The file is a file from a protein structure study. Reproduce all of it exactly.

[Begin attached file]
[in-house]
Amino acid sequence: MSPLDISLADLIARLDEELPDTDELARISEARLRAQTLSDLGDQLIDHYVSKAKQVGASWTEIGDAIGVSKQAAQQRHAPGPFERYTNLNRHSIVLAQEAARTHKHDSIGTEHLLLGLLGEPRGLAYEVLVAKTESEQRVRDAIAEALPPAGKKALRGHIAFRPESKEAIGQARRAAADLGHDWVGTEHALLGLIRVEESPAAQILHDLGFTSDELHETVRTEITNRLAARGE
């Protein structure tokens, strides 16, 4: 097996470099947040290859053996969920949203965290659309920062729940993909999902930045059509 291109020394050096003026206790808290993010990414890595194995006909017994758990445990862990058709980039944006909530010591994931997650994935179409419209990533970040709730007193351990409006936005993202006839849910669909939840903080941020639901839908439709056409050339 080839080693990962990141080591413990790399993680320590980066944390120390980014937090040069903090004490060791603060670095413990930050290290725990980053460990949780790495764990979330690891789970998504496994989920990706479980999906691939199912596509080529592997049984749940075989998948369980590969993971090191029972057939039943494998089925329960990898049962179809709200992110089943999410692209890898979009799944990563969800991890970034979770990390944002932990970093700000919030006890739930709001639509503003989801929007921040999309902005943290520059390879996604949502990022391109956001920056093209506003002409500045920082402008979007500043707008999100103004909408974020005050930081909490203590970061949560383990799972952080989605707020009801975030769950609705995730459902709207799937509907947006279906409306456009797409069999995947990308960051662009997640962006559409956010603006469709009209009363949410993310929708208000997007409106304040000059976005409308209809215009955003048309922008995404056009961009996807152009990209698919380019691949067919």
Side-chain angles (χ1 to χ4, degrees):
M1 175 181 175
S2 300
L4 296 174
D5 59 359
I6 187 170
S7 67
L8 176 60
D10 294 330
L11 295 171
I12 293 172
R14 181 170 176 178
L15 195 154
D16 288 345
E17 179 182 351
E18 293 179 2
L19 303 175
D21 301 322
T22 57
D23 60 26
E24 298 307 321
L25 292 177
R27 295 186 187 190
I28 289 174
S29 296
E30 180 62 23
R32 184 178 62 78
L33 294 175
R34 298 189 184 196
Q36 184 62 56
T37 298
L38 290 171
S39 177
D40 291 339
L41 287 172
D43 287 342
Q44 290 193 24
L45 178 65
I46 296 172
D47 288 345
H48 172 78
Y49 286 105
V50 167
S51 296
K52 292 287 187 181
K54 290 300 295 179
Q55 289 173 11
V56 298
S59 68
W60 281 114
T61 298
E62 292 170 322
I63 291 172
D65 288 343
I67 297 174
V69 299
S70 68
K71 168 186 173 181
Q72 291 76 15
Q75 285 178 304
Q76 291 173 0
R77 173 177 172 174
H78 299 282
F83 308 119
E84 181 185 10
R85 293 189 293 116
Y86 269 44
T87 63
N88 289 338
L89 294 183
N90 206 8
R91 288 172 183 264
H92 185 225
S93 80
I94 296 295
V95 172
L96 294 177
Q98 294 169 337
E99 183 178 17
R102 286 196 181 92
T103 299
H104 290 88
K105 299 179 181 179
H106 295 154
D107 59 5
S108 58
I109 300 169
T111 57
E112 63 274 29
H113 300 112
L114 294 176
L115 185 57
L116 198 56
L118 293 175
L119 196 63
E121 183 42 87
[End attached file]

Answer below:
[in-house]
Amino acid sequence: MSPLDISLADLIARLDEELPDTDELARISEARLRAQTLSDLGDQLIDHYVSKAKQVGASWTEIGDAIGVSKQAAQQRHAPGPFERYTNLNRHSIVLAQEAARTHKHDSIGTEHLLLGLLGEPRGLAYEVLVAKTESEQRVRDAIAEALPPAGKKALRGHIAFRPESKEAIGQARRAAADLGHDWVGTEHALLGLIRVEESPAAQILHDLGFTSDELHETVRTEITNRLAARGE
């Protein structure tokens, strides 16, 4: 097996470099947040290859053996969920949203965290659309920062729940993909999902930045059509 291109020394050096003026206790808290993010990414890595194995006909017994758990445990862990058709980039944006909530010591994931997650994935179409419209990533970040709730007193351990409006936005993202006839849910669909939840903080941020639901839908439709056409050339 080839080693990962990141080591413990790399993680320590980066944390120390980014937090040069903090004490060791603060670095413990930050290290725990980053460990949780790495764990979330690891789970998504496994989920990706479980999906691939199912596509080529592997049984749940075989998948369980590969993971090191029972057939039943494998089925329960990898049962179809709200992110089943999410692209890898979009799944990563969800991890970034979770990390944002932990970093700000919030006890739930709001639509503003989801929007921040999309902005943290520059390879996604949502990022391109956001920056093209506003002409500045920082402008979007500043707008999100103004909408974020005050930081909490203590970061949560383990799972952080989605707020009801975030769950609705995730459902709207799937509907947006279906409306456009797409069999995947990308960051662009997640962006559409956010603006469709009209009363949410993310929708208000997007409106304040000059976005409308209809215009955003048309922008995404056009961009996807152009990209698919380019691949067919």
Side-chain angles (χ1 to χ4, degrees):
M1 175 181 175
S2 300
L4 296 174
D5 59 359
I6 187 170
S7 67
L8 176 60
D10 294 330
L11 295 171
I12 293 172
R14 181 170 176 178
L15 195 154
D16 288 345
E17 179 182 351
E18 293 179 2
L19 303 175
D21 301 322
T22 57
D23 60 26
E24 298 307 321
L25 292 177
R27 295 186 187 190
I28 289 174
S29 296
E30 180 62 23
R32 184 178 62 78
L33 294 175
R34 298 189 184 196
Q36 184 62 56
T37 298
L38 290 171
S39 177
D40 291 339
L41 287 172
D43 287 342
Q44 290 193 24
L45 178 65
I46 296 172
D47 288 345
H48 172 78
Y49 286 105
V50 167
S51 296
K52 292 287 187 181
K54 290 300 295 179
Q55 289 173 11
V56 298
S59 68
W60 281 114
T61 298
E62 292 170 322
I63 291 172
D65 288 343
I67 297 174
V69 299
S70 68
K71 168 186 173 181
Q72 291 76 15
Q75 285 178 304
Q76 291 173 0
R77 173 177 172 174
H78 299 282
F83 308 119
E84 181 185 10
R85 293 189 293 116
Y86 269 44
T87 63
N88 289 338
L89 294 183
N90 206 8
R91 288 172 183 264
H92 185 225
S93 80
I94 296 295
V95 172
L96 294 177
Q98 294 169 337
E99 183 178 17
R102 286 196 181 92
T103 299
H104 290 88
K105 299 179 181 179
H106 295 154
D107 59 5
S108 58
I109 300 169
T111 57
E112 63 274 29
H113 300 112
L114 294 176
L115 185 57
L116 198 56
L118 293 175
L119 196 63
E121 183 42 87